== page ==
Fictional air pirates typically operate as pirates in the air, or, in general, the atmosphere of a planet, dwarf planet or moon, and travel by aircraft, as opposed to the more traditional pirates on the high seas, who travel by ship. However, just as traditional seafaring pirates target sailing ships, air pirates serve a similar role in science fiction and fantasy media: they capture and plunder aircraft and other targets for cargo, loot and occasionally they steal an entire aircraft, sometimes killing the crewmembers in the process. However, their dress and speech may vary; it may correspond to the particular author's vision of the story's setting, rather than their seafaring counterparts. On the other hand, air pirates may be modeled after stereotypical sea pirates. Some air pirates use airborne aircraft carriers as mobile bases from which to conduct raids. Air pirates made early appearances in novels, silent films, comics and pulp magazines, and have since appeared in a variety of media, including alternate history,steampunk, and dieselpunk works.
The main theme in the popular OpenXCom mod, XPiratez
A story arc in the Mandrake the Magician comic strip involved a pirate airplane that would latch on to the outside of a passenger jet and then threaten to punch holes through the fuselage (with remote-controlled hammers) if the victims didn't follow orders and land at an airstrip where the pirates could loot their prey.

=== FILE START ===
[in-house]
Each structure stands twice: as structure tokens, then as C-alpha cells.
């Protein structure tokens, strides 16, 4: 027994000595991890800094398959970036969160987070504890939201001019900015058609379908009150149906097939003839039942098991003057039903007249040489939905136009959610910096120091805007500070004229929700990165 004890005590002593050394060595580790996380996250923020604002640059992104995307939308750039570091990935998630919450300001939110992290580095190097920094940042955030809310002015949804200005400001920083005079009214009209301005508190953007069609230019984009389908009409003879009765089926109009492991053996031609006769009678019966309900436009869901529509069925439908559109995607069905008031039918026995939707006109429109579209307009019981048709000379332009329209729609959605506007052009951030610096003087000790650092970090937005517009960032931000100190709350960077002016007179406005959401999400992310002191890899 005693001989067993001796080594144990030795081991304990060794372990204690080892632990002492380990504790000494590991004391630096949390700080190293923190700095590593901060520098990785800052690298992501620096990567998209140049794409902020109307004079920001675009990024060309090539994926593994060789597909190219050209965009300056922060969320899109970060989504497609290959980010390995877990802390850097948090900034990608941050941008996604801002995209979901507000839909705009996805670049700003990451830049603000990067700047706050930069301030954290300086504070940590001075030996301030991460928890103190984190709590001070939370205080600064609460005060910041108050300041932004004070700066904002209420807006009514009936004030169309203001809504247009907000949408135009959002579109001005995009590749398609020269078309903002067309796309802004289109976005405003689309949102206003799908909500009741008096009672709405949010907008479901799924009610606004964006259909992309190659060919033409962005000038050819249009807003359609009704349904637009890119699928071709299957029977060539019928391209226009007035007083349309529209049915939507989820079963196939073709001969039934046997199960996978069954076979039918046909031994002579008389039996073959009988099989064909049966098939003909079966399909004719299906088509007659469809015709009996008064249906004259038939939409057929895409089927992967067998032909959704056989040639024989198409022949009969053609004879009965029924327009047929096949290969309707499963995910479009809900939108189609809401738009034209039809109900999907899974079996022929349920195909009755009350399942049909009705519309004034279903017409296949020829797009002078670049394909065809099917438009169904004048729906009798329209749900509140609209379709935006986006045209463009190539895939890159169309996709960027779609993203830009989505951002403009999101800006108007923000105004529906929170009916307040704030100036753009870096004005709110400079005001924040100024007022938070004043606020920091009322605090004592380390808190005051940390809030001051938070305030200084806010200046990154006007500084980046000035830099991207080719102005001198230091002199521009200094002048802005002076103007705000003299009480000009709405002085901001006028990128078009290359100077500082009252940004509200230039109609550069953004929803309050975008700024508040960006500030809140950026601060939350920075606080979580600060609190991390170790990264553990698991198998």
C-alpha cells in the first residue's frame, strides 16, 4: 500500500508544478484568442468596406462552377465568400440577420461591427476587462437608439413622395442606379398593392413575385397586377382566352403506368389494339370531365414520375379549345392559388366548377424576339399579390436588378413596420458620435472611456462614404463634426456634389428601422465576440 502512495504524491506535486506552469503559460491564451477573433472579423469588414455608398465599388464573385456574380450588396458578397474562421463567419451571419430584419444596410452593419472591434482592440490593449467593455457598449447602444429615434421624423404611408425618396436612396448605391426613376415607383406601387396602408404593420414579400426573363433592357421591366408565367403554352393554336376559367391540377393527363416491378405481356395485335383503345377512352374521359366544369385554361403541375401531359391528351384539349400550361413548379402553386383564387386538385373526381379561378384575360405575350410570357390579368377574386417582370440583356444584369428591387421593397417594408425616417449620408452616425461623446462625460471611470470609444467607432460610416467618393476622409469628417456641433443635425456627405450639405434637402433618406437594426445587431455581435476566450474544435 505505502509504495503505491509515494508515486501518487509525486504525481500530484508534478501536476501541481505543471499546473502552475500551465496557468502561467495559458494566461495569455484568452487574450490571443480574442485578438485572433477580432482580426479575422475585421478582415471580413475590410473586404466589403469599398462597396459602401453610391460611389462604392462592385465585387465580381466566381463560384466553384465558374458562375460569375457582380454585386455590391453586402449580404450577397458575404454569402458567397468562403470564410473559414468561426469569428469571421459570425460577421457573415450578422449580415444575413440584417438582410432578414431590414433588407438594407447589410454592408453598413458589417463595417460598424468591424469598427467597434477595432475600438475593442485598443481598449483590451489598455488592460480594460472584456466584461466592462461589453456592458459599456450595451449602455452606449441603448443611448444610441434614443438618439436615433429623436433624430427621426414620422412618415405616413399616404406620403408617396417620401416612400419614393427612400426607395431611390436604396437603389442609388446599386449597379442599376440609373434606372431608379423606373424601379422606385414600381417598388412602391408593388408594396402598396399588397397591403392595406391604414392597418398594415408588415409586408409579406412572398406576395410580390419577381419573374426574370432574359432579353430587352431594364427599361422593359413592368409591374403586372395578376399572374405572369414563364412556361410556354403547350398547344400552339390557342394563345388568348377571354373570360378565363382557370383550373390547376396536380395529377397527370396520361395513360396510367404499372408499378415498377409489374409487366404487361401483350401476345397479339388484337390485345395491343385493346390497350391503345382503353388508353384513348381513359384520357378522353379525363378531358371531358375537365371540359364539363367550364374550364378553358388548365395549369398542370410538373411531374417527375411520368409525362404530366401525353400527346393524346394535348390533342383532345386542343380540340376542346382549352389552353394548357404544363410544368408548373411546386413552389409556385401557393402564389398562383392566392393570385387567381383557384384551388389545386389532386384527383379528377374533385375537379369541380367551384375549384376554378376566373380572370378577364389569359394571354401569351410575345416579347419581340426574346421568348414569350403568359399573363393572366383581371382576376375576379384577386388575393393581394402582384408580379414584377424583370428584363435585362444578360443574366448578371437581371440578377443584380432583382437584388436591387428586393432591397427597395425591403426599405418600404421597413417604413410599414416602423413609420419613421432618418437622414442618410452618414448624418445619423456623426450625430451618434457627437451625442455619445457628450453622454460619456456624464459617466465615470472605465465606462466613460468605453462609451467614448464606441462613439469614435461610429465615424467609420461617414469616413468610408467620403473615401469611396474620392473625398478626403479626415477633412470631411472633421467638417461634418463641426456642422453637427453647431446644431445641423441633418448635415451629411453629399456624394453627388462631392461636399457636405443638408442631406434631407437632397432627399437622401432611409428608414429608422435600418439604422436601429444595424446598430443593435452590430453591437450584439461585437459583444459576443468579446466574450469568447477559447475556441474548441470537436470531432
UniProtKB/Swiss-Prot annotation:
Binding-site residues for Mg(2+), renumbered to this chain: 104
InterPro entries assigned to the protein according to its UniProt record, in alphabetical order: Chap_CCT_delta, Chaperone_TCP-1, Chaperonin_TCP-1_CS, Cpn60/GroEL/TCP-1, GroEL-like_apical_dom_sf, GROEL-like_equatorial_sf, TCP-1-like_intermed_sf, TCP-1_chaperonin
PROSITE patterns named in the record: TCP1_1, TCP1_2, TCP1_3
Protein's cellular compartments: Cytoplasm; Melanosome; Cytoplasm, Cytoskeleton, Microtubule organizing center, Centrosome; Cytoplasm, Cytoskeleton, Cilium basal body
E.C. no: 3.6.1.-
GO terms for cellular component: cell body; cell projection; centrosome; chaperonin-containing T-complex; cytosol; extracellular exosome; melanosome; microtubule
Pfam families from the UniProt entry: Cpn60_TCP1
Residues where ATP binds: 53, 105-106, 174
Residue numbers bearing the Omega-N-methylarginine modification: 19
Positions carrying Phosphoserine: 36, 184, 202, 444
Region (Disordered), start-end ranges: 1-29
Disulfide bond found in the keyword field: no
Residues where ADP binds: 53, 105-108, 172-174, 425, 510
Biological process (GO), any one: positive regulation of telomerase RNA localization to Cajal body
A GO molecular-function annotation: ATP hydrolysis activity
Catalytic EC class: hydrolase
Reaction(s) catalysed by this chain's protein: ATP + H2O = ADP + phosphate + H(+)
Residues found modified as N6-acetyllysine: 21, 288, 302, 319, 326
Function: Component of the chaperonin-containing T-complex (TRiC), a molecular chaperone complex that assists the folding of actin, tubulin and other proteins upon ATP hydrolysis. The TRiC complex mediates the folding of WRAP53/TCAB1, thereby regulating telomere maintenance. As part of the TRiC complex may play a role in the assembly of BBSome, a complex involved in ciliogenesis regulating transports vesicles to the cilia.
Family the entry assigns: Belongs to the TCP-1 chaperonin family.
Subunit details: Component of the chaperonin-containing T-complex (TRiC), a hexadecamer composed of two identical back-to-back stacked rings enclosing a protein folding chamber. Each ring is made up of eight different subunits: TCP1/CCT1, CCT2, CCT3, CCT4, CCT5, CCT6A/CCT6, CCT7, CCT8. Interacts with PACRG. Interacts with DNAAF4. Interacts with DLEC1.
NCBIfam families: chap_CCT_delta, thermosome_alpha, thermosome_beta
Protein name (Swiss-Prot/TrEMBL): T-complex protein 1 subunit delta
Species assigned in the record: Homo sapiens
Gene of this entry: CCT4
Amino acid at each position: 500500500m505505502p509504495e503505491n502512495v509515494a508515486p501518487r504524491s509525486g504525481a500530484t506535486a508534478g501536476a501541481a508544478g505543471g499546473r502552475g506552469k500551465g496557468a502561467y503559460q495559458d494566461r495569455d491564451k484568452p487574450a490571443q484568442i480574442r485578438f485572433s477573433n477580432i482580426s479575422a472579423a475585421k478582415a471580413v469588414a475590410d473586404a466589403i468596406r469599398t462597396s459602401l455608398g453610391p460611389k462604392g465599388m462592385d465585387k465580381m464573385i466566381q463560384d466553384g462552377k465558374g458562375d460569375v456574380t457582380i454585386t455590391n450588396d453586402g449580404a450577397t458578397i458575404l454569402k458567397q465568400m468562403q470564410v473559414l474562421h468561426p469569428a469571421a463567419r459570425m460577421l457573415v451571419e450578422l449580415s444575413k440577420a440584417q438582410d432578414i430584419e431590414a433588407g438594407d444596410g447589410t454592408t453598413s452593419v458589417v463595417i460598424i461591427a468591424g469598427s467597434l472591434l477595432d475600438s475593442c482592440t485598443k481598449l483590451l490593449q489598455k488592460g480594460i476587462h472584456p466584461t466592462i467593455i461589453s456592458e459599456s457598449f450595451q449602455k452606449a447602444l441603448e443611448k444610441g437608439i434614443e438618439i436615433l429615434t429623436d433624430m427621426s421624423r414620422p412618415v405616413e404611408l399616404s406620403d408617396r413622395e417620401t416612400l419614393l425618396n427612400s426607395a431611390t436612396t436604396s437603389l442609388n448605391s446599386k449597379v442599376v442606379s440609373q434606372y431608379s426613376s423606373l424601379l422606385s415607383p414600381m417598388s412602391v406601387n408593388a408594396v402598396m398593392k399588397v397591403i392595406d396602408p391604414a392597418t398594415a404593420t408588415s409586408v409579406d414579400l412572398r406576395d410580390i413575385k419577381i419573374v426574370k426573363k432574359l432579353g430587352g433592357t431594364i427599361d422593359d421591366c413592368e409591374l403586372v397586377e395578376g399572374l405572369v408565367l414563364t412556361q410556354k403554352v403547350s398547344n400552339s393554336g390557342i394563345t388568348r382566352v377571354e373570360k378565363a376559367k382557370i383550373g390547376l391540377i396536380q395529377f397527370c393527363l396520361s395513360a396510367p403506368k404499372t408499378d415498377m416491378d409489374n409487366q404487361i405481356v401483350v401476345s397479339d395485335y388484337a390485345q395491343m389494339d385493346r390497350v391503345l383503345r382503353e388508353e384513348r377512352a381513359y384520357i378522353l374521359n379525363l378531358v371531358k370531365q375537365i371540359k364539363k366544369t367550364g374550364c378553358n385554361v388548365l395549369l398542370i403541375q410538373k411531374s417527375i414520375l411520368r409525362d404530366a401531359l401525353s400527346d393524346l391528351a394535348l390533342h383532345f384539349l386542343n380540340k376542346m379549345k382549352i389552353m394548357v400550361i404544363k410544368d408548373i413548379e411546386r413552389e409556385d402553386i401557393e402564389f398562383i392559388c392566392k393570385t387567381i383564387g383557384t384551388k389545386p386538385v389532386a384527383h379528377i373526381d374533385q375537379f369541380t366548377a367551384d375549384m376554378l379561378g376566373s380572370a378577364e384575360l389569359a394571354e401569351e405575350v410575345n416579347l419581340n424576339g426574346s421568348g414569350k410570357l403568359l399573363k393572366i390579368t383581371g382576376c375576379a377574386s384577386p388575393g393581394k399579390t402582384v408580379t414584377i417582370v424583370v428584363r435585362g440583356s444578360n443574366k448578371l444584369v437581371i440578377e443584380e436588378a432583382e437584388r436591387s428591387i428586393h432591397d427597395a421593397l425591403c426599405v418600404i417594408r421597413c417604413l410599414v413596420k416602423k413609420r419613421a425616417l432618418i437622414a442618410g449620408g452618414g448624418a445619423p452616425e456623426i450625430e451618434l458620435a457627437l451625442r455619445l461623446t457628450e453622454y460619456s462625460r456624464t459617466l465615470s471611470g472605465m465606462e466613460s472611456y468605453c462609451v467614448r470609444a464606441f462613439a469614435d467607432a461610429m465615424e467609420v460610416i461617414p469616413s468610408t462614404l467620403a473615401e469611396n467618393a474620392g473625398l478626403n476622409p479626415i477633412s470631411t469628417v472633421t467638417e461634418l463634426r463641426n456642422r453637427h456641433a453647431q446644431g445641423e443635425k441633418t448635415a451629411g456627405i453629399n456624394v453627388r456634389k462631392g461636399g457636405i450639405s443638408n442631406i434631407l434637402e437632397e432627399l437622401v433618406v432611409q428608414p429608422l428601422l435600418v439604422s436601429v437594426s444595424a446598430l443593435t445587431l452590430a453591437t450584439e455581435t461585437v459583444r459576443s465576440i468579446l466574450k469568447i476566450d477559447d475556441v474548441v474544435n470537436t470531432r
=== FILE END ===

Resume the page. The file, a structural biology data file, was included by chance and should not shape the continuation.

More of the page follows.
In real-life use, the phrase "air piracy" more often refers to the hijacking and illegal seizure of an aircraft. However, there has been at least one occasion of an act of nautical-type piracy being conducted from the air. This occurred in 1917, when the civilian Norwegian schooner Royal was boarded and captured by a boarding party from the German ZeppelinL23.
^Mullen, Micheal (October 20, 1999). "Crimson Skies Creator Speaks Out". GameSpot. Retrieved July 9, 2015. Lastly (and most importantly), are the air pirates in their zeppelin-based aircraft carriers that hunt the airborne prey and the rich cargoes they carry.
^Herold, Charles (March 1, 2001). "Game Theory; Fly in a Retro World Under Crimson Skies". The New York Times. Retrieved July 9, 2015. Set in 1937, Crimson Skies concerns itself with a dashing air pirate, Nathan Zachary […] Traveling the globe in an airship, the Pandora, Zachary and his crew make their living plundering cargo zeppelins. As Zachary, you begin each mission by leading a squadron of fighter pilots out of the zeppelin toward your target.